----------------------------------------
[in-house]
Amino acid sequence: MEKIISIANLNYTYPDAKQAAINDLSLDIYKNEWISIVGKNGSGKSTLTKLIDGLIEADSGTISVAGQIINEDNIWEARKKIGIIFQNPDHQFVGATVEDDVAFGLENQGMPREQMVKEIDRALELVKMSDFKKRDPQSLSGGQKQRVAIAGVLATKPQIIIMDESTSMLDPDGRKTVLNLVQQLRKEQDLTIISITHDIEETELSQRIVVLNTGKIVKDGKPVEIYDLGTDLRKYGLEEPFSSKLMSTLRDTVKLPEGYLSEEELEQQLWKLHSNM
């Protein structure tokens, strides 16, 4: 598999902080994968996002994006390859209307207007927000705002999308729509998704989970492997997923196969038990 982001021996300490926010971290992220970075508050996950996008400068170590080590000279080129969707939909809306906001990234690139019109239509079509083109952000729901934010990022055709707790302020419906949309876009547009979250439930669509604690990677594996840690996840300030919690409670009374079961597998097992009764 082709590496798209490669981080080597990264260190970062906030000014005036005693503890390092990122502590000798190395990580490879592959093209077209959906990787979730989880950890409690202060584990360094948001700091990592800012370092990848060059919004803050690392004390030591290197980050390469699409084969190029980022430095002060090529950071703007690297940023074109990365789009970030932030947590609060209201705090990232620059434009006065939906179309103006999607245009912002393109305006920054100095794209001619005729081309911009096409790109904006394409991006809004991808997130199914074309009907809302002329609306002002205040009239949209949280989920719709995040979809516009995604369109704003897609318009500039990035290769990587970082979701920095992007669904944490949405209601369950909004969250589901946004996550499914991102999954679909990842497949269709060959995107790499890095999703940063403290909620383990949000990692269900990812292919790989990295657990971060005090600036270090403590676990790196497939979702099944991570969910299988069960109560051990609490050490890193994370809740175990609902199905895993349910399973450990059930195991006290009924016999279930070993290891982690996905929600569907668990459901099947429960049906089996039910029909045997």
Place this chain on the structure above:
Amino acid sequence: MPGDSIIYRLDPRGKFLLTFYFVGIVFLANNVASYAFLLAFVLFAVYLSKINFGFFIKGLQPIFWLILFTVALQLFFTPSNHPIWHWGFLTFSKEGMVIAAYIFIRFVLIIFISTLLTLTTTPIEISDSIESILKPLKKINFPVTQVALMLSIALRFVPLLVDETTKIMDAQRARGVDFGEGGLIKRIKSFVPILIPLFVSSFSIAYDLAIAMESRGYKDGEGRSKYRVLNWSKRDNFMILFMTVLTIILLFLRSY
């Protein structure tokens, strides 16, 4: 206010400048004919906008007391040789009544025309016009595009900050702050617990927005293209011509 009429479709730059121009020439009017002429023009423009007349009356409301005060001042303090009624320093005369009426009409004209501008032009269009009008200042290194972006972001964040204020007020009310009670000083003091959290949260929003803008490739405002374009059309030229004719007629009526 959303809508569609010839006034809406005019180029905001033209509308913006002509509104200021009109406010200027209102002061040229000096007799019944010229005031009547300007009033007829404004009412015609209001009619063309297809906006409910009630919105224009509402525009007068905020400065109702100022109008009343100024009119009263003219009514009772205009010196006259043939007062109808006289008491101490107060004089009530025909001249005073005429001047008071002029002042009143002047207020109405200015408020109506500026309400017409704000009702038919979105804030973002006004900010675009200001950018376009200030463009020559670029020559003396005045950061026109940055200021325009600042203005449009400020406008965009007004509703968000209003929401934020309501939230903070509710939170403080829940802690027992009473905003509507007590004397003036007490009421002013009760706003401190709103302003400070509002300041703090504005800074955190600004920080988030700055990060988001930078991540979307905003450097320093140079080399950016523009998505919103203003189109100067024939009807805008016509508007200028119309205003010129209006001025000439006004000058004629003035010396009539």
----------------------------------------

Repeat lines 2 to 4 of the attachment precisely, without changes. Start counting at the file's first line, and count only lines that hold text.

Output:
Amino acid sequence: MEKIISIANLNYTYPDAKQAAINDLSLDIYKNEWISIVGKNGSGKSTLTKLIDGLIEADSGTISVAGQIINEDNIWEARKKIGIIFQNPDHQFVGATVEDDVAFGLENQGMPREQMVKEIDRALELVKMSDFKKRDPQSLSGGQKQRVAIAGVLATKPQIIIMDESTSMLDPDGRKTVLNLVQQLRKEQDLTIISITHDIEETELSQRIVVLNTGKIVKDGKPVEIYDLGTDLRKYGLEEPFSSKLMSTLRDTVKLPEGYLSEEELEQQLWKLHSNM
């Protein structure tokens, strides 16, 4: 598999902080994968996002994006390859209307207007927000705002999308729509998704989970492997997923196969038990 982001021996300490926010971290992220970075508050996950996008400068170590080590000279080129969707939909809306906001990234690139019109239509079509083109952000729901934010990022055709707790302020419906949309876009547009979250439930669509604690990677594996840690996840300030919690409670009374079961597998097992009764 082709590496798209490669981080080597990264260190970062906030000014005036005693503890390092990122502590000798190395990580490879592959093209077209959906990787979730989880950890409690202060584990360094948001700091990592800012370092990848060059919004803050690392004390030591290197980050390469699409084969190029980022430095002060090529950071703007690297940023074109990365789009970030932030947590609060209201705090990232620059434009006065939906179309103006999607245009912002393109305006920054100095794209001619005729081309911009096409790109904006394409991006809004991808997130199914074309009907809302002329609306002002205040009239949209949280989920719709995040979809516009995604369109704003897609318009500039990035290769990587970082979701920095992007669904944490949405209601369950909004969250589901946004996550499914991102999954679909990842497949269709060959995107790499890095999703940063403290909620383990949000990692269900990812292919790989990295657990971060005090600036270090403590676990790196497939979702099944991570969910299988069960109560051990609490050490890193994370809740175990609902199905895993349910399973450990059930195991006290009924016999279930070993290891982690996905929600569907668990459901099947429960049906089996039910029909045997």
Place this chain on the structure above: